“Invest Rs.500 now and save Rs.50, 000 later” are advertisements still seen in Indian cities for gender biased sex-selection and elimination. Writer, Patralekha Chatterjee catches up with Mitu Khurana who had made legal history by prosecuting her doctor husband for illegally making her go through a sex-determination test but her fight is far from over.
I have been writing about gender biased sex selection and sex selective elimination for years. I filed my first report on the subject in 1988. It was about a notorious doctor couple in Amritsar who openly ran an anti-natal sex determination clinic. “Invest Rs.500 now and save Rs.50, 000 later”, they advertised. The blatant message that elimination of a female foetus could save parents the expenditure on dowry earned them huge notoriety, also customers. The doctors viewed their work as ‘social service.’
“We are saving the mothers and the unwanted daughters,” the wife told me without the slightest trace of remorse. I remember my visit to their clinic. It was a week-day evening. A row of young women were waiting patiently outside their chamber. Many were newly married. All looked tense, distraught. I remember one woman in an advanced stage of pregnancy. She was all too aware of the risks of an abortion in her state but the fear of what would happen to her if she gave birth to a baby girl came through as she whispered.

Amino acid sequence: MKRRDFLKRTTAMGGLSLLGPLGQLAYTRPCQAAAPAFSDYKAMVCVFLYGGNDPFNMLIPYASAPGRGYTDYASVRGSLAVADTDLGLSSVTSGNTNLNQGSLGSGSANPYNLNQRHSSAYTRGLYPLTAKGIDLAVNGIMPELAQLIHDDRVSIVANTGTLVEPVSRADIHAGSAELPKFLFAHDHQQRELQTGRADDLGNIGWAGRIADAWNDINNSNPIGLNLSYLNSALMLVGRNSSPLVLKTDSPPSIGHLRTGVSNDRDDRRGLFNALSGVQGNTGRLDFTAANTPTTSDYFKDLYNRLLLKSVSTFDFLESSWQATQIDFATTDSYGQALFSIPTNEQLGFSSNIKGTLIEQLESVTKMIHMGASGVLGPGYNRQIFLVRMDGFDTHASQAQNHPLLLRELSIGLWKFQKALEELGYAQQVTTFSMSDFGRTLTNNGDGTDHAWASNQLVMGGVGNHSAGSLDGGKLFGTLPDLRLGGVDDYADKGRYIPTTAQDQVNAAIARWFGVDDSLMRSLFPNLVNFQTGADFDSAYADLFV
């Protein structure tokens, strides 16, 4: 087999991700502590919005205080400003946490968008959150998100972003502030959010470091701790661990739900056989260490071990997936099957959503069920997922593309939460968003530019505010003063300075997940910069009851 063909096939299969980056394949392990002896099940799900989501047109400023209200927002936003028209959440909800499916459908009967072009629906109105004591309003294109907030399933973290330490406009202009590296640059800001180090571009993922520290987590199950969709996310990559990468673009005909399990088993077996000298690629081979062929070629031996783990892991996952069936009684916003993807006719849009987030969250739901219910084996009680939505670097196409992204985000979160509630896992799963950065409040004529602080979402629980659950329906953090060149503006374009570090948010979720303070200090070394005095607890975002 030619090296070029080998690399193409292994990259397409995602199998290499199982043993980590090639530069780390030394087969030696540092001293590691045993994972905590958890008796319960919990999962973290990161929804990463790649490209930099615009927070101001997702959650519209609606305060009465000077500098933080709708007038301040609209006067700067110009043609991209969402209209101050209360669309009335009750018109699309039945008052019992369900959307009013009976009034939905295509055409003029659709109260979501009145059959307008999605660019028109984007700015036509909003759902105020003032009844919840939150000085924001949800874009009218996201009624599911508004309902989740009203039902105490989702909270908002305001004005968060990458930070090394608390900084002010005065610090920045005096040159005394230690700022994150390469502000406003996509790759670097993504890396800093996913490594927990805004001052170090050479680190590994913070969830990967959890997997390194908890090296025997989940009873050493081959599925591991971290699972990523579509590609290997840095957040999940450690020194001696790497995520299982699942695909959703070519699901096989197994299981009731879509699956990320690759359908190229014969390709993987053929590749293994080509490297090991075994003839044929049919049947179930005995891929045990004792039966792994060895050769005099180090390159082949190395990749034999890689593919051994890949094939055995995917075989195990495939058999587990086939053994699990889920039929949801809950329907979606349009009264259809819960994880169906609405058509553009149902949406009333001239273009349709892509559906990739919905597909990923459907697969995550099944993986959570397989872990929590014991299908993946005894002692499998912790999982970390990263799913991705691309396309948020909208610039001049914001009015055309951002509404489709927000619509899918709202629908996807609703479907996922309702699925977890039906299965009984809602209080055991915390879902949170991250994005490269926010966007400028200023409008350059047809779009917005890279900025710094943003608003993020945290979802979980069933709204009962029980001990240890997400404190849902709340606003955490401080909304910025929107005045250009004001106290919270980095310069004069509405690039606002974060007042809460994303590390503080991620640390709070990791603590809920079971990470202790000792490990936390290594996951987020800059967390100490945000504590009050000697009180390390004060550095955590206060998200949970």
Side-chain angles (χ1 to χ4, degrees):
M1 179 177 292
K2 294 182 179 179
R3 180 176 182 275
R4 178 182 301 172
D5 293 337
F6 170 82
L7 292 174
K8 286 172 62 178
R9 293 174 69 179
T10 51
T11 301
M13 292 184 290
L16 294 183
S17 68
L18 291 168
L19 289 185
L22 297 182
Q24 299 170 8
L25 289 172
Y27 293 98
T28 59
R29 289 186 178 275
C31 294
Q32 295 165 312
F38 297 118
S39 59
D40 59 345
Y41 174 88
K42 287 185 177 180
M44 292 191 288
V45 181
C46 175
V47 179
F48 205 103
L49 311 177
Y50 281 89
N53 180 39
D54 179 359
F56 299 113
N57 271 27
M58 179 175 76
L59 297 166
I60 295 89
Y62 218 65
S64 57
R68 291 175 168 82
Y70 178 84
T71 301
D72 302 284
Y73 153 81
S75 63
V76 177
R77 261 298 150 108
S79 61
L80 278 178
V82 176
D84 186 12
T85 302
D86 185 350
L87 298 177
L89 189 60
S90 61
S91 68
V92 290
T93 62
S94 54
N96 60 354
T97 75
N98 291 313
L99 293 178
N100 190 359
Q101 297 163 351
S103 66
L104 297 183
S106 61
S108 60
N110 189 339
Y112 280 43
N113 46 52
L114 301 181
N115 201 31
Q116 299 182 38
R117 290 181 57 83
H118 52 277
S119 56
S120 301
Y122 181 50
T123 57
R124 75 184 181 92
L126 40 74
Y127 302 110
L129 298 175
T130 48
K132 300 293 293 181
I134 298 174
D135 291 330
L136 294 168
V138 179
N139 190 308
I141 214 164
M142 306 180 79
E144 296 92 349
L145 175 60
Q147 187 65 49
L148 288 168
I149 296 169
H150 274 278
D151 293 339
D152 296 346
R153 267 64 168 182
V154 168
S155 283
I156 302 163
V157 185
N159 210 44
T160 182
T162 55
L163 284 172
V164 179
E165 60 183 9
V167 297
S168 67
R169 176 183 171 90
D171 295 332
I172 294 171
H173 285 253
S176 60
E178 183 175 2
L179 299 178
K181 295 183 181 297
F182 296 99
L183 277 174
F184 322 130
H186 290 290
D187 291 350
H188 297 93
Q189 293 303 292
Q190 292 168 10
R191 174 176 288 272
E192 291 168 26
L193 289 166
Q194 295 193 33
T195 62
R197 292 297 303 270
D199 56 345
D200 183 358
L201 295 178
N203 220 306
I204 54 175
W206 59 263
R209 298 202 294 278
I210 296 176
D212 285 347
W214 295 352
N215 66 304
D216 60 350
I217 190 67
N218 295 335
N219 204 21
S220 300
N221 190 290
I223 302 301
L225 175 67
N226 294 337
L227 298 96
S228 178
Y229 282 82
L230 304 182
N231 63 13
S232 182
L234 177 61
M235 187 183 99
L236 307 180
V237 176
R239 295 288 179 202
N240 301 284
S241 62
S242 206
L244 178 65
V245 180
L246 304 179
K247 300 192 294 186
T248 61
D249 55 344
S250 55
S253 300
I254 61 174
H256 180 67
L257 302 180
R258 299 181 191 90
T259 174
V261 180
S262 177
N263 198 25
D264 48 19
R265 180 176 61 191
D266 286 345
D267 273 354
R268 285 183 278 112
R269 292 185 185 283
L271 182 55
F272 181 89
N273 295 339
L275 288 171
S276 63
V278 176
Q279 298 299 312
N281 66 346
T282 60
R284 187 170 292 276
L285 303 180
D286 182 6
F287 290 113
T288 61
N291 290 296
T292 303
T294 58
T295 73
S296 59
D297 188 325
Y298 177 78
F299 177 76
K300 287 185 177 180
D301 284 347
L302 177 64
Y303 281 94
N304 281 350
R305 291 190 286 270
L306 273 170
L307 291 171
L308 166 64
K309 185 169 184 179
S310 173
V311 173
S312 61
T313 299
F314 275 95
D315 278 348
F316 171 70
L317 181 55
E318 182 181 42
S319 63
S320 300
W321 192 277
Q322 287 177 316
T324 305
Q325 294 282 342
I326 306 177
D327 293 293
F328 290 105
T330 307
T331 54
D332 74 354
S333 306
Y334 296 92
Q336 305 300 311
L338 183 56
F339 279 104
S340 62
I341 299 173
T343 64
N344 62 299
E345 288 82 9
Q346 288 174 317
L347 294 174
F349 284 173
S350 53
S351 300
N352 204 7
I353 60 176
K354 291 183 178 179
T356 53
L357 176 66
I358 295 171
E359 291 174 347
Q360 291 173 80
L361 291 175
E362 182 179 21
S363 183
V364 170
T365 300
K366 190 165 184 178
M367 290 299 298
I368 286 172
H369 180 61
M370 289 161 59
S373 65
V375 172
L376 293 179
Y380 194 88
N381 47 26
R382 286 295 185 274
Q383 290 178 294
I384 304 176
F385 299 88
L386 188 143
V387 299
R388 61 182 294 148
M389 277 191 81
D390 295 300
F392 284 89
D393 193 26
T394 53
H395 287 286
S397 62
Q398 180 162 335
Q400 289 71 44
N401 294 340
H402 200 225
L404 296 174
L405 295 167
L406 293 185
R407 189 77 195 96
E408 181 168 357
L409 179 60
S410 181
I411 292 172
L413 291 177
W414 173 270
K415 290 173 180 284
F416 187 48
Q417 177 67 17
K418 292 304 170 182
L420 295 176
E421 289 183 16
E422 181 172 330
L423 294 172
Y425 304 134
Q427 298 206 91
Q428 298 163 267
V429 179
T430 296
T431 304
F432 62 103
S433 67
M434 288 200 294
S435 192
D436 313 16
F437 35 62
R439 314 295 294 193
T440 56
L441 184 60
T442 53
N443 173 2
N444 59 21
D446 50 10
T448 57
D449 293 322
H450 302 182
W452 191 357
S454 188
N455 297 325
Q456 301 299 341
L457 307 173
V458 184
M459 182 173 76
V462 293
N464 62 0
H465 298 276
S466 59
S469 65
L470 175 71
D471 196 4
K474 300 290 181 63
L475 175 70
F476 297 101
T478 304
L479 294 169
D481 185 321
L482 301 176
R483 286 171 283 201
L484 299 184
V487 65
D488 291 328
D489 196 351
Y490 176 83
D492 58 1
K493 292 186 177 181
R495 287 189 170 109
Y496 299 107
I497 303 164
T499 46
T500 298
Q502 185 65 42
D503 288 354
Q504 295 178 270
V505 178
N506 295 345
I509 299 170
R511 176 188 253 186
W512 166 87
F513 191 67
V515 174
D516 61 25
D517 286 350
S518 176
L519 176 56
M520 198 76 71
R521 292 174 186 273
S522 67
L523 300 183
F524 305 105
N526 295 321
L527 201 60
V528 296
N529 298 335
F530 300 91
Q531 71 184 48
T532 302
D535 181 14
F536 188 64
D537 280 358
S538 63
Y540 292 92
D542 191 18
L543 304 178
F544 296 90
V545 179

That distressing image has stayed with me.
Over the years, I have filed more reports — interviews with intrepid activists fighting to get culprits punished, with doctors who were willing to critique their own community and so on.
India has changed. But the deep-seated cultural preference for sons remains as strong as ever. Earlier it was seen as an obsession confined to some parts of the country – the north and the west. Today, the diabolic coming together of prejudice and misuse of technology has spread the problem across the country.
Sex selective elimination of a foetus is easy.
The data is all too well-known. The child sex ratio, which shows the number of girls per 1000 boys between the ages 0-6, plummeted to 918 for India in 2011 from 927 in 2001, according to the latest Census data.